From a very young age, I felt that I had a more important role to fulfil in this world than that of your regular city boy who went to work every day to earn just enough money so that his wife and children would not starve to death. No, I was never one to follow the masses and always did the exact opposite of what society expected me to do. So when I became of age, I did not immediately look for a job, nor did I look for a woman with whom I would have to rot away in a ridiculously tiny house for the rest of my days, and who would give birth to a child that, as a baby, would keep bothering me with its constant shouting, drooling and strangely coloured excrement, and would bore me in the following years with meaningless stories about cartoon characters and its third favourite dinosaur species. No, such a meaningless life was not for me. I had a greater purpose. My existence on this earth had to genuinely mean something. I did not know exactly what that greater purpose was, but I did have it. And I had plenty of time to figure it all out when I left my parents’ house on my eighteenth birthday, wandering across the countryside in search of my place in the world. Living independently without luxury and financial recourses was more challenging than I had initially thought. Nuts and fruits I found in the forest did not suffice for me to consume the required number of calories a day, and whenever I encountered a restaurant on my trip, the owners were usually not too keen on offering their leftovers to a vagabond like myself, no matter how starved I may have looked. As such, it did not take long before my energy was significantly reduced and I could walk only with great difficulty. I refused to give up, however. I was determined to keep looking for my purpose, which I would certainly not find in my hometown. Of that I was certain. One evening I lay down almost completely emaciated on the grass on the edge of a forest. On the other side of the street was a house with a sign above the front door on which the name ‘Newland’ was painted. The name of the house just had to be a sign that I was on the right track. New land represents hope, a bright future full of new possibilities. But no one seemed to be home. Shivering from the cold and exhausted, I fell asleep there, right across from house Newland. Had I arrived at the house a day later, I probably would not have made it to the next day. But that is not what had happened. I had got there just in time to be saved from starvation when the residents of house Newland, the Welcome family, worriedly took me into the house the next morning. It simply could not be a coincidence. For me, it was proof that I would find my life purpose there. I willingly stepped into the house under the arms of the master and the lady of the house. When they were about to call me an ambulance, I stopped them and explained to them why I looked so miserable. I told them about my search for my life purpose and that I was bound to find it in their house. They listened eagerly and immediately offered me a bed. They allowed me to stay as long as I needed to. Their hospitality, though admirable, made them appear incredibly naive. Especially when you consider that they had two children. Who in their right mind would bring a stranger into the house without checking his background first, especially with two vulnerable children nearby? Their naivety probably implied a low IQ. But what Mrs Welcome lacked intelligence, she had in abundance of beauty: her light grey eyes contrasted beautifully with her dark hair, her full lips suggested that she was a great kisser and her voluptuous body invited any healthy man to grope it from all sides. Her husband could seemingly compensate his low IQ with his muscle power and his talent as a hunter. He knew like no other how to sneak up on wild animals in the forest opposite the house and shoot them when they did not expect it. He did not care much about the fact that he sometimes killed a female standing right next to her young. Even when a shot was not fatal, any concerns about the well-being of his target were largely absent. He usually took his sweet time to approach a wounded animal that was visibly and audibly suffering, before finally slitting its throat. In doing so, the beast had to suffer longer than when he shot it a second time to put it out of its misery, but another gunshot would make the other animals nearby flee further away, which would mean a less lucrative hunt. Mr Welcome may have been physically privileged, but due to his intellectual incompetence his moral compass was flawed, to say the least. Those who are as naive as the Welcomes may argue that the master of the house was in fact intelligent, since he always knew perfectly how to approach his prey. However, those who know better realise that his apparent cunning is but a very primitive thing, something savage that every creature develops when it is too far away from the civilised world. The animal heads that hung on the walls like trophies at House Newland also alluded to a lack of morality. Hunting was not merely a source of food to the Welcomes, but it was also a hobby. They took pride in the number of animals that fell victim to them on a daily basis and hung body parts of their preys as showpieces. It had something reprehensible, something barbaric to it. It was clear to me from day one that the Welcome family was different. Inferior, even. But as long as I had not found my purpose in life, I had to stay at house Newland. Mr and Mrs Welcome eventually began to see me as part of the family and taught me how to survive on my own, so that I would never again have to find myself in the same situation as on the day that they found me lying across from the house. Mr Welcome taught me how to hunt and Mrs Welcome gave me free cooking lessons, teaching me which wild mushrooms were edible and which were not. He showed me how to fix things in the house, she made sure I knew how to clean the house and do laundry. He showed me how to grow certain plants in their kitchen garden, she explained to me how to sew up holes in my clothes. Well, they always taught me a sloppy basic technique, which I consistently perfected over time. After a few months I had learnt how to take care of myself. However, my search for my life purpose remained fruitless. Until their two children unconsciously made me come to a realisation. Since am not particularly fond of children, I avoided those two half-grown creatures as much as possible. In the end, however, contact with them inevitably became more frequent, and over time they both fell seriously ill. Apparently, I had given them a germ that I was not aware I had. They had been lying dead sick in their beds for days, while to me the disease only felt like a mild flu. They survived the disease, but I did wonder why the germ had such a significant impact on those children, whereas it barely affected me. And then I had an epiphany. The disease was a warning. The germ had only had a small effect on me because I was superior. My intellectual capacities had allowed me to develop a more sophisticated way of life than the Welcome family’s, making me healthier, stronger and more resilient. The children lived like their parents and were therefore weaker, both intellectually and physically. It was my duty to change that. I had to raise others to my level so that they would live a better life, spread my way of life, and help build a better world. That was my purpose, and I had to work on it as quickly as possible. I knew it was too late for Mr and Mrs Welcome: they refused to adopt my better way of life and continued to do everything in their own, inefficient way. The children copied that behaviour, because that is what children do. If I wanted them to live like me, I had to permanently keep them away from their parents. The children would eventually understand why that was necessary. Their parents were a bad influence that had to be eliminated. They were not even worth living in House Newland. It was such a beautiful home, which they had ruined on the inside with carcasses and tasteless furnishing. So, their lack of intelligence clearly showed in their ill-considered interior as well. They were not deserving of living in such a beautiful house if they were not able to fully exploit its potential. But I was. I did deserve to live there. I had faced starvation, recovered from it and even came out stronger. What had they ever achieved in their lives? House Newland belonged to me, and the Welcomes were standing in my way. So, they left me with no choice but to eradicate them. When I went hunting with Mr Welcome for the last time and we shot a hare, I walked towards him with my arms wide open to give him a hug. During our embrace, I took his knife out of his pocket and planted it in his back, between his ribs. When I came home without her husband, I told Mrs Welcome that he had gone after a deer that he insisted on catching and that he had told us to start dinner without him. I suggested making the soup all by myself, which I secretly prepared using all the poisonous mushrooms I could find on my way back from the forest. Obviously, I only gave a bowl to Mrs Welcome, who eagerly slurped every last drop of it. A little while later, she lay low on the sofa and closed her eyes forever. I told the children that she had simply fallen asleep. In the meantime, I removed all the ugly animal skins and hunting trophies from the house and replaced them with an interior that showed intellect and sophistication. I gave the facade a fresh layer of white paint and flipped the sign with Newland written on it, and on the back I painted the new name of the house: the White House.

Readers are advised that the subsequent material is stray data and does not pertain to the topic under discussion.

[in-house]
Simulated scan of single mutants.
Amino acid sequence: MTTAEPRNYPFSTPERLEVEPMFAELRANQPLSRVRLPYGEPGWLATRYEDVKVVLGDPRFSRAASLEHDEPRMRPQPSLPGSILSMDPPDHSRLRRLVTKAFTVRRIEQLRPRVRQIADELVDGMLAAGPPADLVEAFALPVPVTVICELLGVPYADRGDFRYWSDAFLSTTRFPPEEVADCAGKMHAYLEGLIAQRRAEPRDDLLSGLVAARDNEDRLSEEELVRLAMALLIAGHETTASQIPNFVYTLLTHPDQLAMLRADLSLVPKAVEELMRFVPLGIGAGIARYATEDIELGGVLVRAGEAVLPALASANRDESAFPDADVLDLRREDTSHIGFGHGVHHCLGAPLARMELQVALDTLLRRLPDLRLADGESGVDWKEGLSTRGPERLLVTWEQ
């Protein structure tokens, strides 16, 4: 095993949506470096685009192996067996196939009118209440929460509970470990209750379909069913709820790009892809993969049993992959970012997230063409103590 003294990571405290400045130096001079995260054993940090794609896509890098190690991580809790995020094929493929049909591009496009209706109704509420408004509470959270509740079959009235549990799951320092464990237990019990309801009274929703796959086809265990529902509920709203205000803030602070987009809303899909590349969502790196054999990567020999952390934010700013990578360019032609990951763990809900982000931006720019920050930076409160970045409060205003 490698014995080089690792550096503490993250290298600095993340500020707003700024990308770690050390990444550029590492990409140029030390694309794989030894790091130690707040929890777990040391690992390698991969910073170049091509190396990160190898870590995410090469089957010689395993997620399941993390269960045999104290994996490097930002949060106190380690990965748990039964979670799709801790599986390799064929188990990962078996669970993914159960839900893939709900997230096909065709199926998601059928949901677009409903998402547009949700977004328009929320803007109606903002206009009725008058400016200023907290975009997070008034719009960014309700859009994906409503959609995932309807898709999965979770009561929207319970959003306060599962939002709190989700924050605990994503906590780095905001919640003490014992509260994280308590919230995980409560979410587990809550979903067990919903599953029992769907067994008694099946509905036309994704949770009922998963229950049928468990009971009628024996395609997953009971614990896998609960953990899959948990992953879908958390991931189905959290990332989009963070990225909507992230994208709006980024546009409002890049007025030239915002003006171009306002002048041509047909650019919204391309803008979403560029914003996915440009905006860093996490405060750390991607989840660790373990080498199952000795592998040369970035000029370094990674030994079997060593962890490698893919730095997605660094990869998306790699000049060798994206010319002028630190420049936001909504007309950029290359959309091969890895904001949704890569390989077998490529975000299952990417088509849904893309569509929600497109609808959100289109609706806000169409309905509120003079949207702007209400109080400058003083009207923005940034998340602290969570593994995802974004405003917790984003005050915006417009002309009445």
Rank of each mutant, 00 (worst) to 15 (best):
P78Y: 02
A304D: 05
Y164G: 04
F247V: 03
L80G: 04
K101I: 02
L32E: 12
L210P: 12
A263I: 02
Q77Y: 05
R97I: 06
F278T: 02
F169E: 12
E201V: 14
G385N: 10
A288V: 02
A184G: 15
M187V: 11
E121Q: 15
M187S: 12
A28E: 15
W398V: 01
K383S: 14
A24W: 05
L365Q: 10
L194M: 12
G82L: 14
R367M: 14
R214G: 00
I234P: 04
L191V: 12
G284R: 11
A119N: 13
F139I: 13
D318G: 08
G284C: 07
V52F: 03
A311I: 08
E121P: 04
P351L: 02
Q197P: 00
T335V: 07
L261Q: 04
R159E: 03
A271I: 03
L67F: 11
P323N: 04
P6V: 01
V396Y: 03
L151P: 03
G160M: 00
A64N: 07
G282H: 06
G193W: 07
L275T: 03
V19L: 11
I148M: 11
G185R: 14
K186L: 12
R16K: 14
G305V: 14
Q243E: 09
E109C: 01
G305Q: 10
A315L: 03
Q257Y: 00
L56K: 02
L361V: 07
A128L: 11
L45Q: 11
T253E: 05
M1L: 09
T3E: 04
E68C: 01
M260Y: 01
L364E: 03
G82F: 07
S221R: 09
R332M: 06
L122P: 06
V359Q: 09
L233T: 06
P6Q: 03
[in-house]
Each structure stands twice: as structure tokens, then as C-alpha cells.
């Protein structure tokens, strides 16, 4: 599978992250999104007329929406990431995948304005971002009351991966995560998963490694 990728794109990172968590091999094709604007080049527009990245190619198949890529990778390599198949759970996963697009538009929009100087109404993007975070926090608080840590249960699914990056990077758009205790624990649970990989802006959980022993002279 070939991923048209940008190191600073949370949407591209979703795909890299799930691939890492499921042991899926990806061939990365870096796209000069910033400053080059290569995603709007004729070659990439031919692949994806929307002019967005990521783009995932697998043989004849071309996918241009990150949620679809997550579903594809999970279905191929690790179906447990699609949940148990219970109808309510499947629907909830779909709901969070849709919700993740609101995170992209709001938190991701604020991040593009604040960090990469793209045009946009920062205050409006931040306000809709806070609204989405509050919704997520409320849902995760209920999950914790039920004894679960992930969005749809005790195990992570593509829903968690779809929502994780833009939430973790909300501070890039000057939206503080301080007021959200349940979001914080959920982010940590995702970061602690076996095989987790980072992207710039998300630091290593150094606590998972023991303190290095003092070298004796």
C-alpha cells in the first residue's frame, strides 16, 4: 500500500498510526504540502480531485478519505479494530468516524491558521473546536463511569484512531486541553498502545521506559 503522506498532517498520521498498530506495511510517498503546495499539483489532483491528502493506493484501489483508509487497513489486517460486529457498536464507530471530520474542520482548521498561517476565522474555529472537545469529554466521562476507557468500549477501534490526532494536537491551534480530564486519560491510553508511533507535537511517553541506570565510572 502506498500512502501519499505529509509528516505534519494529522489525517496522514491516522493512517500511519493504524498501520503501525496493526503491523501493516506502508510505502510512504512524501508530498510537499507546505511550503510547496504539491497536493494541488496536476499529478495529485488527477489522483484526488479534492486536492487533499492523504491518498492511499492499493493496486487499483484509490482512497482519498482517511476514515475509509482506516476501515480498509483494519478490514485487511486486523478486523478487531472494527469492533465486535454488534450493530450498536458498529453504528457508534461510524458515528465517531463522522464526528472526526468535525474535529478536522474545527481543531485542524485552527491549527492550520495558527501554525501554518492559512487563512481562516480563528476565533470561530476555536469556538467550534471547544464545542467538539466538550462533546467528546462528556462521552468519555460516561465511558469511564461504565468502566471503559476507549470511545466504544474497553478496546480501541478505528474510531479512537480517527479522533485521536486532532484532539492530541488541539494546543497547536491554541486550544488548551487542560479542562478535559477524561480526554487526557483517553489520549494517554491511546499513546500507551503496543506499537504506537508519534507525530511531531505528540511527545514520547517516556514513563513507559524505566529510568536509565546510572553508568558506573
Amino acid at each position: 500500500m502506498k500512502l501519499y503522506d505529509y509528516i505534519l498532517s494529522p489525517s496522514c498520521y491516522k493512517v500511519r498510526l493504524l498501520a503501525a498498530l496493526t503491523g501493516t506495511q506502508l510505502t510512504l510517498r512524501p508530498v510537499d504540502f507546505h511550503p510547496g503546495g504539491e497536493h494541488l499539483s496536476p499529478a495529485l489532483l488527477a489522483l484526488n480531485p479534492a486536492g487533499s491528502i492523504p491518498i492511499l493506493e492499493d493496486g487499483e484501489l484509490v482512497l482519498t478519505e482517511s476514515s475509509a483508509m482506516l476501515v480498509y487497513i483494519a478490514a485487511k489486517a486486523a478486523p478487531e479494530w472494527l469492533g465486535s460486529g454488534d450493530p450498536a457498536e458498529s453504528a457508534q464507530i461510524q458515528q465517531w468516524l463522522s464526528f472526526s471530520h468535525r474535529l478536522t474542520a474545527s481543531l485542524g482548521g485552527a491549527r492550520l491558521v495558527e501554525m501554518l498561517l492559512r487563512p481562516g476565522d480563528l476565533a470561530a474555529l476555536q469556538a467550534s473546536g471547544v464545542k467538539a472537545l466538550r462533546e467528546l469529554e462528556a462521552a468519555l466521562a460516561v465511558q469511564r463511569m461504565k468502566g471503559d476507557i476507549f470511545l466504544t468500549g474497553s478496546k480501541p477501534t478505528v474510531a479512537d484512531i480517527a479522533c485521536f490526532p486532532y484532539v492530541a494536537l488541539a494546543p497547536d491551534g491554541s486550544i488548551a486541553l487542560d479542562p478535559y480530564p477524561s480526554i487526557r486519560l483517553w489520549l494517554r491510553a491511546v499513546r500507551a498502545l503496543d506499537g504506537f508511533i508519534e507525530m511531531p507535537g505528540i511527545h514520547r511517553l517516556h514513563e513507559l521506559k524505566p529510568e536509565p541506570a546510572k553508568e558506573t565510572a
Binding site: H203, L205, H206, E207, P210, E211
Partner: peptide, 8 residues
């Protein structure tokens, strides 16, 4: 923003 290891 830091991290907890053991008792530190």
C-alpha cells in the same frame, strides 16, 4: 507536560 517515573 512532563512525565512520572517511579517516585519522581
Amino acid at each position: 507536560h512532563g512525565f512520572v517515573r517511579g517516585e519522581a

So as you can see, the facts are completely different from what the press would have you believe. Yes, I killed two people, but it was not pointless or without reason. I did that because it was my moral duty. I have the heavy responsibility to help others live a better life, and in doing so, to create a better world. That is my calling. I did not choose it myself, but I will do everything in my power to fulfil my role in the new world, even if it requires human lives, for it is my manifest destiny.